Q & A- La Vie En France

Updated: Aug 22


Q: Is school different in France?

A: Yes, school is quite different in France. It is much more formal & we have less of a connection with teachers. I have many ideas and opinions when it comes to the difference in the school systems. I will have to save them for another time to save space for other questions.


Dieppe, New Brunswick

Q: Are you participating in an exchange, or just on a vacation?

A: I am participating in an exchange through OSEF. I had a student from France live with me and attended school in Canada, and now I am doing the same with her here in France.


Q: Have you experienced cultural shock yet?

A: Yes, I have been shocked by a few things, sometimes in shock because something's amazing, but other times because of the opposite as well. I was shocked when

Q: How long have you been/going to be there?

A: My exchange is about 12 weeks, (almost 3 months). I have been here for 9 weeks, and I have about two and a half weeks left before I return back home to Canada.


Q: Is there more smoking in France?

A: Yes, but I find that this is the case with most of Europe. I think that smoking is much more judged, and frowned upon in North America. The smell of smoke fills most buildings, and I walk past a group of moms every day on my way to school, who are chatting around their strollers with their babies or young children in them, and a cigarette in their hands. Every one of them. It is much more normal here than it is at home.


Q: Do you have a school uniform?

A: No, I have lucked out on that one.


Saint Stephen, New Brunswick

Q: Is your school all French? or is there English too?

A: My school is all French, yes. However, at school, they learn many languages, such as Spanish, Italian, German, Latin, and English. English is obligatory so everyone knows a little bit, but it's not equivalent to our "French Immersion" here. Like us and our French Immersion programs, some students understand and speak better than others.


Q: Did you have to step out of your comfort zone for food?

A: Yes! And it's one of the best things I've ever done for myself! I am a picky eater, and an over-thinker even when it comes to food. I had to stop freaking out over how old the cheese was and just eat it. I am now obsessed with cheese and will eat it any chance I get!


Q: Do you prefer school In France or school in Canada?

A: I prefer my school in Canada. I loved having the experience to attend school in France, but I will be happy to be back at SSHS.



Dieppe, France

Q: Where are you living in France?

A: I am living in Dieppe. It is beautiful and right on the coast! The beach is within walking distance.


Q: Do you have a hard time understanding teachers and kids at school?

A: Sometimes I have a hard time understanding certain teachers who have accents from other places (my math teacher is Arabian) but I quickly caught on. Also, sometimes kids talk super fast and kids often say words backwards (its a style of slang) and I have to ask them to repeat it. Overall, my French was stronger than I expected and I understand most.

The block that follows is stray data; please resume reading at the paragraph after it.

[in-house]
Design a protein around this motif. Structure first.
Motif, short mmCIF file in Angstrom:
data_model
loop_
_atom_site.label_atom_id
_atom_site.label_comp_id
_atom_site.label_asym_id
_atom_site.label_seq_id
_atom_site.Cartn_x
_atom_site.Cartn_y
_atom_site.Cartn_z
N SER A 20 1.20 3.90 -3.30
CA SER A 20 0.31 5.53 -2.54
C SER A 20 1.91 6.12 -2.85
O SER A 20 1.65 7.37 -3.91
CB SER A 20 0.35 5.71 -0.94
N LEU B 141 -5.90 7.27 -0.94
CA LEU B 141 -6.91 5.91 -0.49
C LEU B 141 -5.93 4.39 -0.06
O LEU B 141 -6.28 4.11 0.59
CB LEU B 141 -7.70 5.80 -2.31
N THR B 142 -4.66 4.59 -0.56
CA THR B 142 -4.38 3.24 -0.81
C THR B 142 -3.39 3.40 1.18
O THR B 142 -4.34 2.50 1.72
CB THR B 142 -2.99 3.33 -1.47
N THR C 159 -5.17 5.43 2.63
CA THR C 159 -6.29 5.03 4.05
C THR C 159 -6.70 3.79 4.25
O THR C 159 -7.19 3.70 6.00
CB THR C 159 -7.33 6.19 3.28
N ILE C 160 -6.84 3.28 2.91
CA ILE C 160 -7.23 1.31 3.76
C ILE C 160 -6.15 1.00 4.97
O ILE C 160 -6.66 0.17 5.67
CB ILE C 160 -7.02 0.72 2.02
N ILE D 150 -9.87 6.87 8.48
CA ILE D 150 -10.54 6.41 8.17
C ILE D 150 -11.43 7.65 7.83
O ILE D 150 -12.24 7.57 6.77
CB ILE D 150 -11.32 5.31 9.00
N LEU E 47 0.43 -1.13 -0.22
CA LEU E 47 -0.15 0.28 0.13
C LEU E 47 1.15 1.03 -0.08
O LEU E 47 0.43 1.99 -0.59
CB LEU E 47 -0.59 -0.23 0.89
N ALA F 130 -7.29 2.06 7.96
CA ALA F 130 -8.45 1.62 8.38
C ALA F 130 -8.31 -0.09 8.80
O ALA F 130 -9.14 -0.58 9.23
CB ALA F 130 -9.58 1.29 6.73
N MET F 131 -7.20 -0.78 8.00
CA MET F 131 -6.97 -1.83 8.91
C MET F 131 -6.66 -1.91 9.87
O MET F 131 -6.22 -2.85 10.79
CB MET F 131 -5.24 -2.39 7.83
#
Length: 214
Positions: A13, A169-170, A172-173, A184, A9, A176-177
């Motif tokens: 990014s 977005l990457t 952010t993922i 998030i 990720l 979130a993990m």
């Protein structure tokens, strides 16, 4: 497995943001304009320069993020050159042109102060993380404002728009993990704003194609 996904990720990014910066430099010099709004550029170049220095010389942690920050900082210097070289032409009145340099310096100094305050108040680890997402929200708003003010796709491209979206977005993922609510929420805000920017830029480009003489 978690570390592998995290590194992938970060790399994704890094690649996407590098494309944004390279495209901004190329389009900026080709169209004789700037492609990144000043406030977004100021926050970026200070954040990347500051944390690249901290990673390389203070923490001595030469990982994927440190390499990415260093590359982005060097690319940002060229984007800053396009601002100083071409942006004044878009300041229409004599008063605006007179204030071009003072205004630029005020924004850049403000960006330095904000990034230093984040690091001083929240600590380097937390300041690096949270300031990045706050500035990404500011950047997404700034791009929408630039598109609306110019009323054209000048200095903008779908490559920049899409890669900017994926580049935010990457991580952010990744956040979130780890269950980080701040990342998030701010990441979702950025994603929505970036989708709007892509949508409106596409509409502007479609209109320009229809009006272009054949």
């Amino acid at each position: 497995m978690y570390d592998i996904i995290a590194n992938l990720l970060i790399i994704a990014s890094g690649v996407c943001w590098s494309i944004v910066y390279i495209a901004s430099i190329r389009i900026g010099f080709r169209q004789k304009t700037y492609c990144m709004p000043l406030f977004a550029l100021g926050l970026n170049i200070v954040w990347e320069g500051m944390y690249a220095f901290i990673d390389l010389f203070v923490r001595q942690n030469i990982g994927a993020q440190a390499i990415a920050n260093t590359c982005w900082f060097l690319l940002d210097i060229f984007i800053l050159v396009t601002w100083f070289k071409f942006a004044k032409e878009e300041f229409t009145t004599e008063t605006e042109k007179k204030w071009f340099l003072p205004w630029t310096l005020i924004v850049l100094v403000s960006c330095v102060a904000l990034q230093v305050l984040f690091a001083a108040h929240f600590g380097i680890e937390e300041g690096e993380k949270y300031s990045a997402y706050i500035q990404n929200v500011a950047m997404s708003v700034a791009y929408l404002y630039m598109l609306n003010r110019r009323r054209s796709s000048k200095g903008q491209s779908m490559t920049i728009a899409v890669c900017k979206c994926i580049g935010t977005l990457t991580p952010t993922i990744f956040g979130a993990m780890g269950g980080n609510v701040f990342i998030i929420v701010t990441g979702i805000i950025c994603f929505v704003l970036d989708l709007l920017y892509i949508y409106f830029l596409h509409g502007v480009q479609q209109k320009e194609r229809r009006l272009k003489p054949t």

Q: Are the houses different?

A: The architecture, layout and style of houses are much different here in France and most of that is because of the age and style of when they were made. I find that there is more character in the houses here, and they tell their story. One of the biggest differences that I have found with the inside of houses is that Bathrooms are just that - The room where you bathe. The toilet is in a different room, sometimes not even on the same floor.


Brugges, Belgium

Q: Is it hard having to speak your second language with your family?

A: I am not struggling too much with my language, no. However, that's thanks to the number of times I've been forced to practice my second language outside of school. Whenever we are in French communities, my mom makes us practice with French people. I also practice during the summer when I'm working at the Chocolatier because we see tourists from all over- some of them are French.


Q: What are the differences between Canadian French and the French there?

A: Obviously the accent is different, but I find that Canadian French is more literally translated from English. They are both the same language, just evolved differently.


Q: What are your favourite foods there?

A: I am OBSESSED with Speculoos spread. It's similar to peanut butter (the idea of it) but its worse for your health... It's a spread made out of Speculoos, a cookie a lot like a spice cookie or a cinnamon cookie, (if that's a thing).


Saint-Malo, France

Q: What's your favourite place that you've visited?

A: I loved almost every place that I've been, but two of my favourites in France were Saint-Malo and Veules-Les-Roses, but we also went to Brugges in Belgium and that was amazing as well.


Q: Have you experienced culture shock yet?

A: For sure! But in a positive way. When you're submerged into a totally different environment than you're used to, of course, you're in shock. However, I have to say, it's one of my favourite feelings ever.

81 views0 comments

Recent Posts

See All